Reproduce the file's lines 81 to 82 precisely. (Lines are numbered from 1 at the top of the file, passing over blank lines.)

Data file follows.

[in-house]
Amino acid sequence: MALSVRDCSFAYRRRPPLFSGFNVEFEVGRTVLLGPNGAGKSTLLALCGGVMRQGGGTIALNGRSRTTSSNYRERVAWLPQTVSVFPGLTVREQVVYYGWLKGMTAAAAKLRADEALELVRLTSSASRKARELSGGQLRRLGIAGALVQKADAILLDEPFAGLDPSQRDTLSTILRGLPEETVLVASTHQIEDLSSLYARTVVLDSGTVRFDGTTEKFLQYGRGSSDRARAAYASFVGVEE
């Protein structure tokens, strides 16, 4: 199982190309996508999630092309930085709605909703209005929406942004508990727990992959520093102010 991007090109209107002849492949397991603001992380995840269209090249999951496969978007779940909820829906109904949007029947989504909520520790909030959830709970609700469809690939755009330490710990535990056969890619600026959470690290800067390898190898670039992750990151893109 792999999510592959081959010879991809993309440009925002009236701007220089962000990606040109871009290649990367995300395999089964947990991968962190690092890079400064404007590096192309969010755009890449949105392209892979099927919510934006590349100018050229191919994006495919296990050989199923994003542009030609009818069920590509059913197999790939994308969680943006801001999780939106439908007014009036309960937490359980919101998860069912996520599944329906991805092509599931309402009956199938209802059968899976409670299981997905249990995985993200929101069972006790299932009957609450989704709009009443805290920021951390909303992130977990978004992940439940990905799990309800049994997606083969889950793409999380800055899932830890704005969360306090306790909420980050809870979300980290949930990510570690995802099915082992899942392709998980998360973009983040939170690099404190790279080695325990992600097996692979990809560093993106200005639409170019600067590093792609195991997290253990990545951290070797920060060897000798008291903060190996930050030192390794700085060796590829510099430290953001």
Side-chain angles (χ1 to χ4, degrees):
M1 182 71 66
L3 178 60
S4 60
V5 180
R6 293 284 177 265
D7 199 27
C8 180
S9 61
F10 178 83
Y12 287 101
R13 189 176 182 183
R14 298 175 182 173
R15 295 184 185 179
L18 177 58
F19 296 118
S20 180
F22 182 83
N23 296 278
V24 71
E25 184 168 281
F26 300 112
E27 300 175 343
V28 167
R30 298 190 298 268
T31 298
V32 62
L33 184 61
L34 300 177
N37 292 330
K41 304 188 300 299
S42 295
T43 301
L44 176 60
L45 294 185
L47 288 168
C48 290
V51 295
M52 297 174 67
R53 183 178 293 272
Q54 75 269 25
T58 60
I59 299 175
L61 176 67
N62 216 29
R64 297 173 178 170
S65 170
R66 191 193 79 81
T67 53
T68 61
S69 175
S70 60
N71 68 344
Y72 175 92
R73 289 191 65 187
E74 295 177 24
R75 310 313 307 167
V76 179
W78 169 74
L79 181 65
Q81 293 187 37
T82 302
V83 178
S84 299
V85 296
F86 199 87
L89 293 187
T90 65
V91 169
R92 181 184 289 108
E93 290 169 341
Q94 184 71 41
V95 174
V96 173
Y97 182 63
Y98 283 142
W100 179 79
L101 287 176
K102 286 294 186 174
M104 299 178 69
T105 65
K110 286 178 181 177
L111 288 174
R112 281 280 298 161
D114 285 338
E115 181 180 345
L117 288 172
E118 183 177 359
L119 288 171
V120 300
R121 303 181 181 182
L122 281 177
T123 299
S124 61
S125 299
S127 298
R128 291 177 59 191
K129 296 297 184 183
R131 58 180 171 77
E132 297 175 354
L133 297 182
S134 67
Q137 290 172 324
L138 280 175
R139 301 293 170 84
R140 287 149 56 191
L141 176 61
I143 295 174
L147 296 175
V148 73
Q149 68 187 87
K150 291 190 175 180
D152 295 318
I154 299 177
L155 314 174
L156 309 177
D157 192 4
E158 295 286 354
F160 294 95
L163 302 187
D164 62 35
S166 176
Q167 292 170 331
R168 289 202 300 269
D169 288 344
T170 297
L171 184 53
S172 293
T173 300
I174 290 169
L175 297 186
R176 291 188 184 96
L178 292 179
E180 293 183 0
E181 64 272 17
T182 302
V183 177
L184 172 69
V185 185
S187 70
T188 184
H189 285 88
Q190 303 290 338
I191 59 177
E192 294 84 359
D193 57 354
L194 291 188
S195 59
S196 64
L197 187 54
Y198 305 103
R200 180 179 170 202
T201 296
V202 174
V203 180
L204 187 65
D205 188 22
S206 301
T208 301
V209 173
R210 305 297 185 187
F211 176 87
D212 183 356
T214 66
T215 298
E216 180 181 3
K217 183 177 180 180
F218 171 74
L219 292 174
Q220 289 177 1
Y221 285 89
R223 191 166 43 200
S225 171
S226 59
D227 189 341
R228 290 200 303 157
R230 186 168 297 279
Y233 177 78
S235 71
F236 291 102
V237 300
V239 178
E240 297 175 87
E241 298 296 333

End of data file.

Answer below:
L101 287 176
K102 286 294 186 174